I knew this in my head but my heart learned it by passing through the sorrows of loss. People like you who walked with me showed me that God was with me too. Thanks for sharing this.

  5. What a refreshing story! I work with children/youth with ‘special needs’, and while it seldom involves ‘end of life’ issues, your story resonated with me in terms of the melding between the mundane and the resplendent, which so often describes MY days. Such a refreshing break from what so often seems like a constant litany of ‘evangelical’ bashing…deserved or not. Thank you!

  6. As I am leaning into my first calling, serving as pastor of a small New England city Baptist congregation, I have a growing sense of the thin veil between the seen and unseen. What I am sensing looks less like a Transformer’s movie, and more like turbulent water flowing beneath a thin crust of ice. I can hear it, when I place my hand on the ice I can feel the vibration. It tells me there is much going on beneath the surface that I can’t see and that is far beyond my control.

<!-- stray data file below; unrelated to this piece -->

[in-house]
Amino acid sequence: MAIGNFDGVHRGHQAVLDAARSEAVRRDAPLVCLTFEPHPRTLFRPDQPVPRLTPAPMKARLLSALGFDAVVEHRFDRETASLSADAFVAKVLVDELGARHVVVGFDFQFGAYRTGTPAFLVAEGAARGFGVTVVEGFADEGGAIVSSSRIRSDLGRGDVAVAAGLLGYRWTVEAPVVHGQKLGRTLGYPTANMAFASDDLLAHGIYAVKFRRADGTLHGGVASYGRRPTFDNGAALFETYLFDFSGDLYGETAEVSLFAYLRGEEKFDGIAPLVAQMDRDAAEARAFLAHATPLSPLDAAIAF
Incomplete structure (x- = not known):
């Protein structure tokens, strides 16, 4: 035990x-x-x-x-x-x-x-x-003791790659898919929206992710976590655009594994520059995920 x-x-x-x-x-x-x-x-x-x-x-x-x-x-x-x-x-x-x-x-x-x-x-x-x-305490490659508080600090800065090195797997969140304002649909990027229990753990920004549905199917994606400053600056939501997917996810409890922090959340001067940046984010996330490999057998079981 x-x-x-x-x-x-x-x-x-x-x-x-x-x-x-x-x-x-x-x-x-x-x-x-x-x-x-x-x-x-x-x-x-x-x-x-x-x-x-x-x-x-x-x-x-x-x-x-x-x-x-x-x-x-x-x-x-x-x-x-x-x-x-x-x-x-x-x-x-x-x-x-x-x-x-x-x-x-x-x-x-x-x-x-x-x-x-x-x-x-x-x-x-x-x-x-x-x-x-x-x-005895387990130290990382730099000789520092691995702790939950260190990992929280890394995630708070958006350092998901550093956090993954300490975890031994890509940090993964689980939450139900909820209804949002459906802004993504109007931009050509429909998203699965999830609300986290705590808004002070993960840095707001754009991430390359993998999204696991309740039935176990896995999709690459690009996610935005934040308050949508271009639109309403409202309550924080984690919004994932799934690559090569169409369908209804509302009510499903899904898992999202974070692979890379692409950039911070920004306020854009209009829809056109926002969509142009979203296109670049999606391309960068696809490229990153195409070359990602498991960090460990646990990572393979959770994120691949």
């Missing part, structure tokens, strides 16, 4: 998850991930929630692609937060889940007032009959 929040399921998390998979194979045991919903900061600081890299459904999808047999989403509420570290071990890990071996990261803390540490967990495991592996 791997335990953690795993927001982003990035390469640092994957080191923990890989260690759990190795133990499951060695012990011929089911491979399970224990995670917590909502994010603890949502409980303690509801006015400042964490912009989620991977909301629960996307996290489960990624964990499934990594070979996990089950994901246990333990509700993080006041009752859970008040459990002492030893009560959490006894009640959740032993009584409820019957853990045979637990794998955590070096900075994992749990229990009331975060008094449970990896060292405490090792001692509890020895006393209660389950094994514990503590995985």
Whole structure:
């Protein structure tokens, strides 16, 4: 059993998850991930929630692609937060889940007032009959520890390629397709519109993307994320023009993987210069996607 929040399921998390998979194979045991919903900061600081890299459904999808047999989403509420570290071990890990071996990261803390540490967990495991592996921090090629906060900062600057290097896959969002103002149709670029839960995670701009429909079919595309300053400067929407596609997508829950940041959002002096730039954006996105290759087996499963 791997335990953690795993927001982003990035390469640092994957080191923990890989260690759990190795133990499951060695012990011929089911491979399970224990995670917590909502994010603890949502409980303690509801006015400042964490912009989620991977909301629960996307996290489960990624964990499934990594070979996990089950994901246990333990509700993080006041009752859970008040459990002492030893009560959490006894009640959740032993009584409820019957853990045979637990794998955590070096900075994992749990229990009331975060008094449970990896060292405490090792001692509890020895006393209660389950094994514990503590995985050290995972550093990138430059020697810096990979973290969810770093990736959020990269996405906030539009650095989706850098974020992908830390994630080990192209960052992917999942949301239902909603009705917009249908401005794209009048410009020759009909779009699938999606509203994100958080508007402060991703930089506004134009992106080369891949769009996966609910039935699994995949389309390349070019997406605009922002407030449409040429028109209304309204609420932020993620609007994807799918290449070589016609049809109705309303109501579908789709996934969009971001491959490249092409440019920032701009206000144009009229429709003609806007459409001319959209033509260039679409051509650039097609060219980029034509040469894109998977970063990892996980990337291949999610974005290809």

I get this sense when I am praying, often alone, but even more strongly, when praying with someone who is going through a painful time (something I have had the opportunity to do lately). And sometimes when I am preaching. When conversing with others about our congregation and caring for our neighbors.

    Frankly, I don’t understand what is going on, but I also don’t feel like I need to. I am so inadequate to “DO this JOB.” I find myself in a place I have never been before — a place of actually praying without an agenda of my own. I simply have no idea how to “make things happen” here. So I find myself simply lifting up to God those around me and waiting and listening for what He will do with those offerings.

    And I am seeing what I think is his unfolding grace in our midst. And yet, all this with the roilings you write of over and under and around us all.

    I think a few years ago, I would have thought this post was poetic and evocative, but from outside my experience. Now — I am feeling the barometer shifting. Lord, have mercy. Hosanna.

  7. OldProphet says:

    It’s really a good post CM. I’ve done work in hospitals with terminal patients Hard stuff. God’s favor on you pouring out your life and heart for the truly desperate.

  8. Keep up the awesome work Chaplain Mike. How you do what you do in addition to this blog is mind blowing. Godspeed.